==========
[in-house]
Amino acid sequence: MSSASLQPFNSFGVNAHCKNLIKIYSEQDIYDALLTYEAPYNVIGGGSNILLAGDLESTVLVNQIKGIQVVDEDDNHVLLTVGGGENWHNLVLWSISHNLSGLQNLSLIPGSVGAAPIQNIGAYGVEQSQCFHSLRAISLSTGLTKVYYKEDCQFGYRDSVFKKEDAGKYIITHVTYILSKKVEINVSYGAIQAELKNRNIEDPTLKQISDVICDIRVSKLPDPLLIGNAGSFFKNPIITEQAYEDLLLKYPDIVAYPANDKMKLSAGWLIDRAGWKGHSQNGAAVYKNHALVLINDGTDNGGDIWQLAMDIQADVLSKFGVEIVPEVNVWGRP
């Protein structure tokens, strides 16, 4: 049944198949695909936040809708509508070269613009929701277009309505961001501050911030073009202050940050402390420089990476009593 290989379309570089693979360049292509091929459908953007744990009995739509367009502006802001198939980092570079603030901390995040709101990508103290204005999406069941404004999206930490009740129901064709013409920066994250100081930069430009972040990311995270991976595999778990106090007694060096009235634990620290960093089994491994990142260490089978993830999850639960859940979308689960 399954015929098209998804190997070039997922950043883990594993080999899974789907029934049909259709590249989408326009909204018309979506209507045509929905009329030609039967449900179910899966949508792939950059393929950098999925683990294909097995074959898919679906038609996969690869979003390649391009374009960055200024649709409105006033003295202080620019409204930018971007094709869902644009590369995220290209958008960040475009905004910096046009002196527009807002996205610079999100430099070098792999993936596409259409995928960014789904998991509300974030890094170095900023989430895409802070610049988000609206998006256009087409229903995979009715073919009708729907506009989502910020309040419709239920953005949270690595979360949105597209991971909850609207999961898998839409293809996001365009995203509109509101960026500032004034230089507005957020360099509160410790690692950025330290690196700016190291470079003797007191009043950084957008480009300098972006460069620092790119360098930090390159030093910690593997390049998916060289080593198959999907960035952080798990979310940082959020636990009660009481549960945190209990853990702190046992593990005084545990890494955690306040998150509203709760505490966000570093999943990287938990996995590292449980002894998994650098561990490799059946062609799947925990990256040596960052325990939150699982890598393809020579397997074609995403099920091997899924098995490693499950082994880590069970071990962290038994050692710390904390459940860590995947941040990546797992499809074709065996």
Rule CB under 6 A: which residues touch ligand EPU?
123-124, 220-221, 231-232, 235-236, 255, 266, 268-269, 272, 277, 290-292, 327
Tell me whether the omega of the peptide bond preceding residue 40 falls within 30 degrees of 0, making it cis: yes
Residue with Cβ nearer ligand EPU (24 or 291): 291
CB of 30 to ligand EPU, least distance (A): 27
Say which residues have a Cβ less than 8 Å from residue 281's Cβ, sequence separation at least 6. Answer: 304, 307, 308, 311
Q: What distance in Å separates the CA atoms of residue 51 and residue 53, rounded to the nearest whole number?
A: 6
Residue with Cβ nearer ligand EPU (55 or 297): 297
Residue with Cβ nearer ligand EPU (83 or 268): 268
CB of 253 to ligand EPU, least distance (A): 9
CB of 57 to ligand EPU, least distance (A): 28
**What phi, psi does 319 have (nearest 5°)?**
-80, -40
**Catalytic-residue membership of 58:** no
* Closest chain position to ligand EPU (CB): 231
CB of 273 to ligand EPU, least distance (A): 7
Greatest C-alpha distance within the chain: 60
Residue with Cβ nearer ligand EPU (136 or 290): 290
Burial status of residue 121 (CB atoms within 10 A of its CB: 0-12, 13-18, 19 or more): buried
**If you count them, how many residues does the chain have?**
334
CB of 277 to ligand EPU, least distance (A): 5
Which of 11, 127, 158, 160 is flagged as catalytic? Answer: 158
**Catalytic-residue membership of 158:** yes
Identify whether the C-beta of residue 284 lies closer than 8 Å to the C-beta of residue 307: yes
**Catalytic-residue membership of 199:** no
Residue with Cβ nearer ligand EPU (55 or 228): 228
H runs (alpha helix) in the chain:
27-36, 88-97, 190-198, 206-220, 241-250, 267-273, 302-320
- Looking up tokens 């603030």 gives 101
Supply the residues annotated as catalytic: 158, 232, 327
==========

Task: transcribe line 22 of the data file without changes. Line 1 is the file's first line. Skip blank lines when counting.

Residue with Cβ nearer ligand EPU (136 or 290): 290